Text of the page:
ACLU: Despite law, Debtors’ prisons persist in Colorado

Photo from ACLU of Colorado report Justice Derailed, accessed at

The American Civil Liberties Union of Colorado issued a scathing report this week that found Colorado municipal court judges operate with almost no state oversight, leaving some to run their courtrooms like a “fiefdom” by trampling on the rights of often indigent defendants.
The ACLU’s investigation focused broadly on the lack of accountability in Colorado’s municipal court system, but held out as a case study the Alamosa Municipal Court run by Judge Daniel Powell.
Judge Powell stood out among municipal courts in the state for his “harsh tactics” and the “frequency and seriousness of constitutional abuses” in one of the state’s poorest communities, the ACLU found.
The ACLU report highlighted, for instance, the story of one defendant charged with stealing diapers who failed appear to a hearing because she had just entered a Salvation Army substance abuse program. Even though the probation officer explained the absence, the judge issued an arrest warrant for her arrest anyway.
In another case, a defendant said he couldn’t pay his fines because he had no job, was struggling with addiction and sought to enter the Salvation Army’s addiction inpatient treatment center.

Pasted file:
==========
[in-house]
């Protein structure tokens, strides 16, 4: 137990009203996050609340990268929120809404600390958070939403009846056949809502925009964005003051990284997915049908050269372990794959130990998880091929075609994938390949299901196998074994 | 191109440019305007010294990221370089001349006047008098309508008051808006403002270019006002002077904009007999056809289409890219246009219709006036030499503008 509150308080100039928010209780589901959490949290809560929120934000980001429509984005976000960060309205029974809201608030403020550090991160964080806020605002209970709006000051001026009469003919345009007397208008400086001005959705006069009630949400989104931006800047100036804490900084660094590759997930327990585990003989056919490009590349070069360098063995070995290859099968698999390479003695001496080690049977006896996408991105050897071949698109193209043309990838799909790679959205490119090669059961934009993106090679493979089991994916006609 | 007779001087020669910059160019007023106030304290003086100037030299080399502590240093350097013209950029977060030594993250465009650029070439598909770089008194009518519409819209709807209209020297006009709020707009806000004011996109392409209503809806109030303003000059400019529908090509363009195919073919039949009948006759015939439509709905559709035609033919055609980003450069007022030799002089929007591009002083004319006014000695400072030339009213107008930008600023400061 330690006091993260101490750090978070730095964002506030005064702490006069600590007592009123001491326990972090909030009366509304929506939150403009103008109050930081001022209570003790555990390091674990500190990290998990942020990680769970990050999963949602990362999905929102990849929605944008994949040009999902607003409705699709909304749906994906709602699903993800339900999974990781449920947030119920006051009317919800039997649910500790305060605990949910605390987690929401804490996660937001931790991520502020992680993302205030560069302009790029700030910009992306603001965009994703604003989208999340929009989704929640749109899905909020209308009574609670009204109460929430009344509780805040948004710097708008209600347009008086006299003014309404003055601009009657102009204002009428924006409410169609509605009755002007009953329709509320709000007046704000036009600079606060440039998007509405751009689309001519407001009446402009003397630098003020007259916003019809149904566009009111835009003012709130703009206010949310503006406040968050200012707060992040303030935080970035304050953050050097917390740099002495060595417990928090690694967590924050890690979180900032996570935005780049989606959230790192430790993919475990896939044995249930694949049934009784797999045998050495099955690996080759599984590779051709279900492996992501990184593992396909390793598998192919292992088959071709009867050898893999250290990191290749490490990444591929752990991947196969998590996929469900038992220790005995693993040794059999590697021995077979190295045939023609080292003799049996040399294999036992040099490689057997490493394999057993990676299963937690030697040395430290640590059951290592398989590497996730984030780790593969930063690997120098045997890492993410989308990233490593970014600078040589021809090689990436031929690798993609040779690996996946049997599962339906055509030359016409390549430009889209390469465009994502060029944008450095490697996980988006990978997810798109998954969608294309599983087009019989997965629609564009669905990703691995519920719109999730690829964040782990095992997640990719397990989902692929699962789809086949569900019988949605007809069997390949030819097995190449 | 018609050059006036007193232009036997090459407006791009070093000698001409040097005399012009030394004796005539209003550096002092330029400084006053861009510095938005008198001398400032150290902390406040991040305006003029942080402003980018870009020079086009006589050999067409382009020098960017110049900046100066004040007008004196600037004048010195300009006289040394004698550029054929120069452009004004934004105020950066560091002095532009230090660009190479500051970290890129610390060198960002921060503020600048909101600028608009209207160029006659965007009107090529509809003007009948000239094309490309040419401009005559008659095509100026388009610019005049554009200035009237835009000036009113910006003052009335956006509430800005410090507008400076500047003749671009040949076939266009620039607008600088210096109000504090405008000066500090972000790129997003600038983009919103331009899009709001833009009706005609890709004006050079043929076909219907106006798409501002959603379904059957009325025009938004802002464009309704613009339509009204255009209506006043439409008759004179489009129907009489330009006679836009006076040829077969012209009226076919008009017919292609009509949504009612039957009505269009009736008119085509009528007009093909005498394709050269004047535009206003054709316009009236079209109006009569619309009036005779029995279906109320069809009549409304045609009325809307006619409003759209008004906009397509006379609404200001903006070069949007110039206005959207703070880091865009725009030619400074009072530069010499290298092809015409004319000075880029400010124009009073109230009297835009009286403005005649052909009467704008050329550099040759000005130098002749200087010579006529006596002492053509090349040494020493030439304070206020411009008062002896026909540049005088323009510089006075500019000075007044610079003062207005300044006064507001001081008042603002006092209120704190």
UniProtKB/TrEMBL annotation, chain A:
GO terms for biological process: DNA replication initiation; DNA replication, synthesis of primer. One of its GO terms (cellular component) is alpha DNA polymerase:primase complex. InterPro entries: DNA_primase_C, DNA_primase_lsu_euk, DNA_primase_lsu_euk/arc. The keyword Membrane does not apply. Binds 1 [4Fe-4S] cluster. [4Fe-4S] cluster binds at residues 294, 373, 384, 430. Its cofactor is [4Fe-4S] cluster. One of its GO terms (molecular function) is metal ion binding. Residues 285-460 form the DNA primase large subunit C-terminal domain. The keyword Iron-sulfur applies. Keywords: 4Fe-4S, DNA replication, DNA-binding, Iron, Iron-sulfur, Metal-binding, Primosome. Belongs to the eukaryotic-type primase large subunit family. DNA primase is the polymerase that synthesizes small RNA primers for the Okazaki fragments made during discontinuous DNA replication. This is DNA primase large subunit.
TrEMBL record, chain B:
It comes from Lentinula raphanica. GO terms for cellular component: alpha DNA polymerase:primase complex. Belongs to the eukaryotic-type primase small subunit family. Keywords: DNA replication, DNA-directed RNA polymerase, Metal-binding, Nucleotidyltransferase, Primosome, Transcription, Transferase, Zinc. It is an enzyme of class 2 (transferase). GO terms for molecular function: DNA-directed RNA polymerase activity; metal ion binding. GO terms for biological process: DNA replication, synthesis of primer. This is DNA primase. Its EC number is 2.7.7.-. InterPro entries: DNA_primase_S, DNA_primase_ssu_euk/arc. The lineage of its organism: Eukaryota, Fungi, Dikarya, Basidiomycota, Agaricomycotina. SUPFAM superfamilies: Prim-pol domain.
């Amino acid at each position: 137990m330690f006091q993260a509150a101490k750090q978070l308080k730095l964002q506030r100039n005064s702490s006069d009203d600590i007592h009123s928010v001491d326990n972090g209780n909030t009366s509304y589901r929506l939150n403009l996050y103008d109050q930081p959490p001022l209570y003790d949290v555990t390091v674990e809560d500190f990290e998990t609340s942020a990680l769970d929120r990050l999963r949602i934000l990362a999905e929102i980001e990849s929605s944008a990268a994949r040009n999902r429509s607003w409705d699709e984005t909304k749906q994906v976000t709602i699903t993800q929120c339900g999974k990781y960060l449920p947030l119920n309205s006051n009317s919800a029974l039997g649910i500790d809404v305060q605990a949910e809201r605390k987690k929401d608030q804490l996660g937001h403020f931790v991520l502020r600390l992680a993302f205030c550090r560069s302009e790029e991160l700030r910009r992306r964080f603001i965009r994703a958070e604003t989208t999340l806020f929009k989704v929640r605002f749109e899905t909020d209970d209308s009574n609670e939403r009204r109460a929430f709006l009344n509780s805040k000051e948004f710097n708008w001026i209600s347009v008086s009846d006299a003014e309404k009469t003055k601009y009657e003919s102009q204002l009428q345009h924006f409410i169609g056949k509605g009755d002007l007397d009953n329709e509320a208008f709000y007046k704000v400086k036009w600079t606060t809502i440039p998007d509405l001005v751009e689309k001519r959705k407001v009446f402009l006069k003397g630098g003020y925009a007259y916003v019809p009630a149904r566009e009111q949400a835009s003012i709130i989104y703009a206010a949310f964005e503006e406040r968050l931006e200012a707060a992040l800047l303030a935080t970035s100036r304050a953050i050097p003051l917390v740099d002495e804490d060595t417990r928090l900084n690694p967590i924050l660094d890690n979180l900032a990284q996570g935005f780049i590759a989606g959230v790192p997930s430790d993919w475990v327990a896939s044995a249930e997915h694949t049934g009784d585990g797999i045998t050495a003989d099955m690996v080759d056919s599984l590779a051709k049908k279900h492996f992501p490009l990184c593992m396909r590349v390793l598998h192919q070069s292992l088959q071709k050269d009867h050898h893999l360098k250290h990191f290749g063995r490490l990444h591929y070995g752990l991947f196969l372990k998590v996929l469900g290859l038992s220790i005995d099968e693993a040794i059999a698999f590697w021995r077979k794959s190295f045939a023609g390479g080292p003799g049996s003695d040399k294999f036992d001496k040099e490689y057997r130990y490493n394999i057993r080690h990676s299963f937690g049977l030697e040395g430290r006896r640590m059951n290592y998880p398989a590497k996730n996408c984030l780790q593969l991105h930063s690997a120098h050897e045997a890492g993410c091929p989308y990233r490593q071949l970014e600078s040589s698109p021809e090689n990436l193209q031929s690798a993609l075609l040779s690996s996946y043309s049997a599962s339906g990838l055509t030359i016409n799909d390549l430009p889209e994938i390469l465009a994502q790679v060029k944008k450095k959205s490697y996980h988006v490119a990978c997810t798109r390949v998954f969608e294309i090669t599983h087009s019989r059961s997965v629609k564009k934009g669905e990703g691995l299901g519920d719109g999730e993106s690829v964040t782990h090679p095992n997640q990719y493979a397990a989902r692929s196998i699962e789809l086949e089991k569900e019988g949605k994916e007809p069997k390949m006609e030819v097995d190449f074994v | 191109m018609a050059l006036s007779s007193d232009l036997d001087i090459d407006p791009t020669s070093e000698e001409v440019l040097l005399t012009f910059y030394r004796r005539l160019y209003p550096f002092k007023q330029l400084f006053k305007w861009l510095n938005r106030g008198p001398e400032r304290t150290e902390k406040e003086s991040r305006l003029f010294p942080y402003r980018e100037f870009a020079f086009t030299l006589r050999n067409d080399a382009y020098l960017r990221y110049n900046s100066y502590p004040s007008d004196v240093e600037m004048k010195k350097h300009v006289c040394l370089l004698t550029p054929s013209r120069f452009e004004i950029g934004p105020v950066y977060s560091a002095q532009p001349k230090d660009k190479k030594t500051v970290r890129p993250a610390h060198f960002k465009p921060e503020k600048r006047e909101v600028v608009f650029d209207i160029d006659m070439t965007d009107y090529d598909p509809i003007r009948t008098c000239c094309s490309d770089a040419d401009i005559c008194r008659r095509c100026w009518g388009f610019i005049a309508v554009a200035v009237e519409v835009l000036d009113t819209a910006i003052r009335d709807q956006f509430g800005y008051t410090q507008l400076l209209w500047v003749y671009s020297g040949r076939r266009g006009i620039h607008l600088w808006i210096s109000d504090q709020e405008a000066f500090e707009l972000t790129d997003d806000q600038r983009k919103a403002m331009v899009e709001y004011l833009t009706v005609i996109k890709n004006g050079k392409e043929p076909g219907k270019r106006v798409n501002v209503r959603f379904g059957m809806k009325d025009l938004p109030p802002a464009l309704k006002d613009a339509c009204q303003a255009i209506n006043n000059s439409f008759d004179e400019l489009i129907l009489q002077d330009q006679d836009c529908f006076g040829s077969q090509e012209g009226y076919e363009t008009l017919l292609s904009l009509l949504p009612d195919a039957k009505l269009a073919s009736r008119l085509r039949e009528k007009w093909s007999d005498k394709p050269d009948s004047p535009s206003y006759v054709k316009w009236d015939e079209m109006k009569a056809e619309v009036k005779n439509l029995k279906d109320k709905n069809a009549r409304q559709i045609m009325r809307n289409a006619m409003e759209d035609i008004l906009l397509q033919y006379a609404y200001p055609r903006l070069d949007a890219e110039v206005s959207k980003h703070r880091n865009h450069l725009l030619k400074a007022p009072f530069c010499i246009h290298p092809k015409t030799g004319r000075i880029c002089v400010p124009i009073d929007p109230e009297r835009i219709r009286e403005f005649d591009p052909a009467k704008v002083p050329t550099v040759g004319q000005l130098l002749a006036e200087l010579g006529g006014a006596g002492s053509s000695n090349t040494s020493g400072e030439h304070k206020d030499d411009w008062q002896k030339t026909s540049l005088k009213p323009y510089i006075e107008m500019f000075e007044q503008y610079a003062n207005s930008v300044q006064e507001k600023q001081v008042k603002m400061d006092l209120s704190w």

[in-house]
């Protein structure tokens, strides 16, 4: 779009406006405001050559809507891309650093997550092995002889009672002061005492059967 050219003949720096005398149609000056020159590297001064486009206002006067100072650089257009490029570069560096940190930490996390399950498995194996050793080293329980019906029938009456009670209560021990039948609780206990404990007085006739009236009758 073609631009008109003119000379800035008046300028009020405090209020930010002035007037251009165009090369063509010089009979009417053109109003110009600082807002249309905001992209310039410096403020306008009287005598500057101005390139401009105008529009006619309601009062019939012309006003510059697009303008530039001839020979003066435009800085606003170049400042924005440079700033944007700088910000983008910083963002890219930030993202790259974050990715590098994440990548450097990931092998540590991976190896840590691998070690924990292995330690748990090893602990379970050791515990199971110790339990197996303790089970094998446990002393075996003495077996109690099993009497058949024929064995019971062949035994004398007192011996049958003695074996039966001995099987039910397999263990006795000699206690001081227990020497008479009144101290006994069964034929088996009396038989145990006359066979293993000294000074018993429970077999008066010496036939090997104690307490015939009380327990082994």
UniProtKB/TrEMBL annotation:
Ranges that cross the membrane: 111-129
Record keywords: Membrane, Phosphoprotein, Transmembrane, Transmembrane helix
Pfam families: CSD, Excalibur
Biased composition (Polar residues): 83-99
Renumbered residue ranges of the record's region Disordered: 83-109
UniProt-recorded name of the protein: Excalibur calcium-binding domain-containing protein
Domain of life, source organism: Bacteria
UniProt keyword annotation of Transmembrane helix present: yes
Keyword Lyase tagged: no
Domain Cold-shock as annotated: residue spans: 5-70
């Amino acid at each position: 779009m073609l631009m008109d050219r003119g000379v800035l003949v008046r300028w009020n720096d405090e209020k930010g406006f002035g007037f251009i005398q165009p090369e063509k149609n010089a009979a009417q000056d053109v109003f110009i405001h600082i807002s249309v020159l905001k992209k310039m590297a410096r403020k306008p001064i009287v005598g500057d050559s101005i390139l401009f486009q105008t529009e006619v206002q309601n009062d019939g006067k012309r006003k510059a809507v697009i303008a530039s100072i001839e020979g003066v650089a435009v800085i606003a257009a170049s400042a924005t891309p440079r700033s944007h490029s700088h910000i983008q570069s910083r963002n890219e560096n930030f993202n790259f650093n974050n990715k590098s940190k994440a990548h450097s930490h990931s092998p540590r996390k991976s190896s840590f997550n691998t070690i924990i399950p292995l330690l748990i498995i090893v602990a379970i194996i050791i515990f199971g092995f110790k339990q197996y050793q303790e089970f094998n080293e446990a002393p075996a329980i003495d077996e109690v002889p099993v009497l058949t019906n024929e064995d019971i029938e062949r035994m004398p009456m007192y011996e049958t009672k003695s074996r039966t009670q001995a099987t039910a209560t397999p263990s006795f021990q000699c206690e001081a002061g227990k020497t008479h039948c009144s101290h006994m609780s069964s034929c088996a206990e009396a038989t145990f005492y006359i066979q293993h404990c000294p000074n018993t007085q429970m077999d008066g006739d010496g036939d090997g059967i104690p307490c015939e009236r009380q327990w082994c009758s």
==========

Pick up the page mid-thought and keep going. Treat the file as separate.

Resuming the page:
The judge replied, ““I want you to understand I’m not waiting for you to go to rehab. OK? You’re going to get your obligation at this court taken care of before you go to rehab or you’re going to end up with a warrant,” according to the ACLU report.
You can read the ACLU’s entire findings, and there are many, right here: ACLU Colorado report.

About Jim McElhatton 13 Articles
Jim McElhatton is a freelance reporter and private investigator. A former longtime daily newspaper investigative journalist, he has covered criminal justice issues working at newspapers in Washington, DC, Texas and New Jersey. This is site is an unaffiliated, independent news source for issues related to indigent incarceration and debtors' prisons in the United States.

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